ABC Medical Center > Esophageal varices

What is Esophageal varices?

21:56 - 4 May , 2021


It is a condition in which the veins around the esophagus dilate due to excess blood flow from the stomach, which, unable to reach the heart, seeks other escape routes. These veins can break and bleed.

Here are some of the reasons why esophageal varices can develop:

  • Alterations in blood coagulation.
  • Serious liver diseases (hepatitis, cancer, cirrhosis, fatty liver, and primary biliary cirrhosis).
  • Schistosomiasis, which is a parasitic infection that can affect the liver and other organs.
  • Portal vein thrombosis.

Esophageal varices may bleed due to any of the following:

  • Uninterrupted alcohol consumption.
  • Portal hypertension.
  • Liver failure.
  • Cirrhosis.
  • Red streaks or dots in varicose veins.
  • Large varicose veins.

Signs and symptoms Esophageal varices

Esophageal varices usually do not cause symptoms, except when they rupture and cause bleeding, causing the following: 

  • Anemia.
  • Ascites (accumulation of fluid in the abdomen).
  • Lethargy.
  • Dark or bloody stools.
  • Bruising.
  • Jaundice.
  • Loss of consciousness.
  • Abundant blood vomiting.

The biggest risk is bleeding because if you have one, you will likely have another. So if you lose a lot of blood, you might go into shock and die.

Diagnosis and treatment Esophageal varices

Once your doctor analyzes your symptoms and clinical history, they will perform a physical examination and request imaging studies such as:

  • Doppler ultrasound.
  • Gastrointestinal endoscopy.
  • Computed tomography of the abdomen.

The basic treatment consists of avoiding acute gastrointestinal bleeding by:

  • Complete alcohol abstention.
  • Placing bands on varices through an esophagoscopy.
  • Beta-blockers.

If bleeding has occurred, the important thing is to stop it and reverse the effects of blood loss by:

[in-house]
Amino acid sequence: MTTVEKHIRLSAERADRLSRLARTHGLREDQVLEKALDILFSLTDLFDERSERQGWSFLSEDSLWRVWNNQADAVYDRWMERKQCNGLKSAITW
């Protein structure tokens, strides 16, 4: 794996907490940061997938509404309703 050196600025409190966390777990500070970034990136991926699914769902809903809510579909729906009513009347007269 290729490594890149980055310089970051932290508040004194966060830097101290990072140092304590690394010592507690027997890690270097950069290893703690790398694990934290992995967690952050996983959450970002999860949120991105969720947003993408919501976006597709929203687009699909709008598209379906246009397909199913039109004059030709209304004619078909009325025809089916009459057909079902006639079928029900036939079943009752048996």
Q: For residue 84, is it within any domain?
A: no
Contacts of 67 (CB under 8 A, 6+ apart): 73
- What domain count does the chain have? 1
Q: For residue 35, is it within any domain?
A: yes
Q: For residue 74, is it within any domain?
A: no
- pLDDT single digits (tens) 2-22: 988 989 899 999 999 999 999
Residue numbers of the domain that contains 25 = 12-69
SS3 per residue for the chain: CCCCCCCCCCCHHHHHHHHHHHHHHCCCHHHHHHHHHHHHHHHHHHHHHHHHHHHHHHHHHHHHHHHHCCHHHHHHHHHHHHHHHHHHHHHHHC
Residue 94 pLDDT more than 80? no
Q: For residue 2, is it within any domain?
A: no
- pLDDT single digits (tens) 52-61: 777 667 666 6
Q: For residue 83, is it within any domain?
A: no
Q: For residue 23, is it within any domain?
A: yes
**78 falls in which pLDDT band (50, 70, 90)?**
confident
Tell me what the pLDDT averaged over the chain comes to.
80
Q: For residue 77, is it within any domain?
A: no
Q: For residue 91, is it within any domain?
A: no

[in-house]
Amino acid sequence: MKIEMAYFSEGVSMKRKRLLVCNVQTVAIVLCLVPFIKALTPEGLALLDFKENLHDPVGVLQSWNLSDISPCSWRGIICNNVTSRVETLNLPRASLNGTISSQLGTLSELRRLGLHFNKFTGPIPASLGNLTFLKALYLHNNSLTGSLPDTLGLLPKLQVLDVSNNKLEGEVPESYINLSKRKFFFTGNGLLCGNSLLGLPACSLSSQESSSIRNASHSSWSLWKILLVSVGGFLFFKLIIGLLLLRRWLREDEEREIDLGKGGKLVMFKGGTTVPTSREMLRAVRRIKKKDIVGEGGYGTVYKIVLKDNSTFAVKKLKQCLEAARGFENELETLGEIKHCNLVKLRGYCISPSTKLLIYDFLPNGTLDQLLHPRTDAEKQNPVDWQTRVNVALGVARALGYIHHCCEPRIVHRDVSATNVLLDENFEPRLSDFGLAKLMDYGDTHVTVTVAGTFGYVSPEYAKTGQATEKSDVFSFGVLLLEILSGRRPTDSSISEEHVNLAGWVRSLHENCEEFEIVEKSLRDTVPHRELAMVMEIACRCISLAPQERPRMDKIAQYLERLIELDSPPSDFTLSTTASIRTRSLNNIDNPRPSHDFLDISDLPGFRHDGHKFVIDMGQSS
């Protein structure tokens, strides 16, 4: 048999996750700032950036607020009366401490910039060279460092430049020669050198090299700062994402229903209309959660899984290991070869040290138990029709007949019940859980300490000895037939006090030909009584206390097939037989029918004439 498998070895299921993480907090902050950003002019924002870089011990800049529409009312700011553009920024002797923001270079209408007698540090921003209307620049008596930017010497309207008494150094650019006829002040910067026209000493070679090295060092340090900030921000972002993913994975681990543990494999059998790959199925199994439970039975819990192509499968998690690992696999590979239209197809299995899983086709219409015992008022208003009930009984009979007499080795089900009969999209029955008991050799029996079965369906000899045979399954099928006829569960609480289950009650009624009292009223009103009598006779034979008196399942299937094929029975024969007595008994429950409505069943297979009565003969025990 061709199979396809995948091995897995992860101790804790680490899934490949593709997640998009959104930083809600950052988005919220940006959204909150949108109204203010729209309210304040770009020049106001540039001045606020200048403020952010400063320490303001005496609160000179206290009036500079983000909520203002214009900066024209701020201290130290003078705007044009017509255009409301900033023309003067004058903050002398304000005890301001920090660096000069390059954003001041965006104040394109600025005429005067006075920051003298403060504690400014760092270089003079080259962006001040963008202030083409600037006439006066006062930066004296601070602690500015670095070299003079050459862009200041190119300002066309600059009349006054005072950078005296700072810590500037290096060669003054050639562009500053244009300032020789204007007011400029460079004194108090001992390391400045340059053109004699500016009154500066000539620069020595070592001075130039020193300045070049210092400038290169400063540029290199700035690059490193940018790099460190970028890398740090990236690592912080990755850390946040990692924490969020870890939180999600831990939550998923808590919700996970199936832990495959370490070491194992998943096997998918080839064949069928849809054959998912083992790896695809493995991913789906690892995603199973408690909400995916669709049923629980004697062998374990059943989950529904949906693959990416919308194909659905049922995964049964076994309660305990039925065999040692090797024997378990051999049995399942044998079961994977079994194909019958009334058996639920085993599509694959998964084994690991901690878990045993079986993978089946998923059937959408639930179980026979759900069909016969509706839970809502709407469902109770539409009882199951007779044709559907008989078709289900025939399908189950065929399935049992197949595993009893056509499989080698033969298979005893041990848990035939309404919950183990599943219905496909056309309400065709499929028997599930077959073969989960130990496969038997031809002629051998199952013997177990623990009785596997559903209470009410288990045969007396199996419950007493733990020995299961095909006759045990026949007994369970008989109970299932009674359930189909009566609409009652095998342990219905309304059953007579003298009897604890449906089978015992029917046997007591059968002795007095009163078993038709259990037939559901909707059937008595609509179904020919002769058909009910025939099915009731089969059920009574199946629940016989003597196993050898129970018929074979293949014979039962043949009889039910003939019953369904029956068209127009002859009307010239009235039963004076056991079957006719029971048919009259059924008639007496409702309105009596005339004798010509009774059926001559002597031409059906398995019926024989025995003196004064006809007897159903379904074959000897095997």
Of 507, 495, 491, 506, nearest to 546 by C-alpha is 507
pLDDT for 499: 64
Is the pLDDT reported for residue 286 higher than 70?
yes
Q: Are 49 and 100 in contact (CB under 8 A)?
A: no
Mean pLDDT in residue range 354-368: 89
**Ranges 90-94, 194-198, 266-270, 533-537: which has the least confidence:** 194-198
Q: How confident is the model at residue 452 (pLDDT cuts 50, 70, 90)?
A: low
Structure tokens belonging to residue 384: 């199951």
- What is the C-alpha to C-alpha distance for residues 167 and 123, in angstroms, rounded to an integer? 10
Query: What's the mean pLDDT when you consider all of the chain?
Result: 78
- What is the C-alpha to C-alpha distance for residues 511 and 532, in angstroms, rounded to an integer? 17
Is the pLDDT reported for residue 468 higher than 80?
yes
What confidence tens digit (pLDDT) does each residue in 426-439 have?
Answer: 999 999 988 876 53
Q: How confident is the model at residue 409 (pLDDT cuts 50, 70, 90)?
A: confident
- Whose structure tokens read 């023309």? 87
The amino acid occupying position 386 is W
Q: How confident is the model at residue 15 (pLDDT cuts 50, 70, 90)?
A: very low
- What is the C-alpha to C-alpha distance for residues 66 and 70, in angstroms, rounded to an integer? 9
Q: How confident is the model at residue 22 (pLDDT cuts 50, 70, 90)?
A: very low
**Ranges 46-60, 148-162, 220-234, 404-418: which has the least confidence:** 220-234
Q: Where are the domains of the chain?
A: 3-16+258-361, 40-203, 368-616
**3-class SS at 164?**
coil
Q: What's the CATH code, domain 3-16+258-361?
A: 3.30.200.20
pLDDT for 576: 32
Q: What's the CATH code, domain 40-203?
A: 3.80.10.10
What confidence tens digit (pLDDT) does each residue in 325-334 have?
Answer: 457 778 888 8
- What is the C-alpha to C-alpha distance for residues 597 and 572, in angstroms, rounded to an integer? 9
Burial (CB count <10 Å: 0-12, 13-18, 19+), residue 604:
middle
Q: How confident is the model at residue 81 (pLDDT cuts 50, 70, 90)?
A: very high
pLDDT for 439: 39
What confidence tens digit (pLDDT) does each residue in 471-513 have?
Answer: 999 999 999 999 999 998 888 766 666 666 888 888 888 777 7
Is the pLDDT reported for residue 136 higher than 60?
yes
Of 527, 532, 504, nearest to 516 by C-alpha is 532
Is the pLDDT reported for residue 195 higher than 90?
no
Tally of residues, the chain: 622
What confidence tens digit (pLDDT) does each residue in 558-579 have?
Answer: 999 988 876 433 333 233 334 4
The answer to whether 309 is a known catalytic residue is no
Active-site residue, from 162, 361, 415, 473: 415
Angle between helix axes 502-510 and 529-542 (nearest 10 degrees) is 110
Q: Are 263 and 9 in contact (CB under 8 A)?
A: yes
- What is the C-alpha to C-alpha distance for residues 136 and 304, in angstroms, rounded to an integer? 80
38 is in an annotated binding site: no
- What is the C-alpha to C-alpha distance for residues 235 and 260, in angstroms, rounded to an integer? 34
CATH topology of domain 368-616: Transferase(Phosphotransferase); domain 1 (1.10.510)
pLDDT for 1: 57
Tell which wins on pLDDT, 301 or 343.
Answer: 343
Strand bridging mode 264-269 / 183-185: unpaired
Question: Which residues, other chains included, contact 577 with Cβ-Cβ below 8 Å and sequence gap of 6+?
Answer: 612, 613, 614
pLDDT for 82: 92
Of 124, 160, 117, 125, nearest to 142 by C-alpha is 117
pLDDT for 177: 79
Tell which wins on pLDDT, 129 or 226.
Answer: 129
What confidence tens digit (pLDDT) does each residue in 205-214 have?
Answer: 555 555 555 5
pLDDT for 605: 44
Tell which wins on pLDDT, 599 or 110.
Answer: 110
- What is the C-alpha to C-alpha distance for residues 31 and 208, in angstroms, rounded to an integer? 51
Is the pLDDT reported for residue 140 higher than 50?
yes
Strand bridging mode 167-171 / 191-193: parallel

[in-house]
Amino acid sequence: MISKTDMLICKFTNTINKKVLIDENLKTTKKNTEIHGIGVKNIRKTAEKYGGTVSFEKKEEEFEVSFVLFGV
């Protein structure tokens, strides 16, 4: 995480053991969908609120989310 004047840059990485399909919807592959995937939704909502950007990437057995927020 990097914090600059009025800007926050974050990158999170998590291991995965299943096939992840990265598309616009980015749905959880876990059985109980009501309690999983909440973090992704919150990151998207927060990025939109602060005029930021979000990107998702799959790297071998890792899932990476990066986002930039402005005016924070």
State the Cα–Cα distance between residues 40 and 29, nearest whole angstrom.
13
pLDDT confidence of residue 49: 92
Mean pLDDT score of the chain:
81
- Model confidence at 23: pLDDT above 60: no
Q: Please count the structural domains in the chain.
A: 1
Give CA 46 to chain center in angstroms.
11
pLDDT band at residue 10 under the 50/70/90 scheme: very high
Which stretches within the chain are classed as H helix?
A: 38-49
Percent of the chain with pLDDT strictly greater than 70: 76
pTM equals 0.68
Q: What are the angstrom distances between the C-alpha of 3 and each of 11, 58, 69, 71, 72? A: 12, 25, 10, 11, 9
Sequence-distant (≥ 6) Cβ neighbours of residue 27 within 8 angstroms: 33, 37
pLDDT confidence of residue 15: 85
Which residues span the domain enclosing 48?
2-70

• Elastic bands to hold bleeding veins.
  • Diversion of blood carried by the portal vein.
  • Medications to slow blood flow in the portal vein.
  • Pressure on the varices to stop the bleeding.
  • Blood transfusions to recover the lost volume.
  • Liver transplant.

You may be given antibiotics because there is a risk of infection.

At ABC Medical Center’s Internal Medicine Department, we offer health care services with the highest quality and safety, from the prevention, diagnosis, timely treatment, and monitoring of infectious, respiratory, endocrinological, dermatological, rheumatic, nephrological, gastrointestinal, and hematological pathologies of both chronic-degenerative diseases and acute conditions, through a comprehensive and multidisciplinary model.


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  • Ramírez-Del Pilar R, Yáñez-Montes MC, Enríquez-Peregrino KG, et al. Correlation between platelet/spleen index and esophageal varices degree. Med Int Mex. 2017;33(3):344-350.
  • Martínez LFY, Hidalgo ÁM, Galbán GJA, et al. Clinical-evolutionary relationship of patients with liver cirrhosis and esophageal varices treated with propranolol for the prevention of gastrointestinal bleeding. Mediciego. 2016;22(Suppl: 1):1-12.

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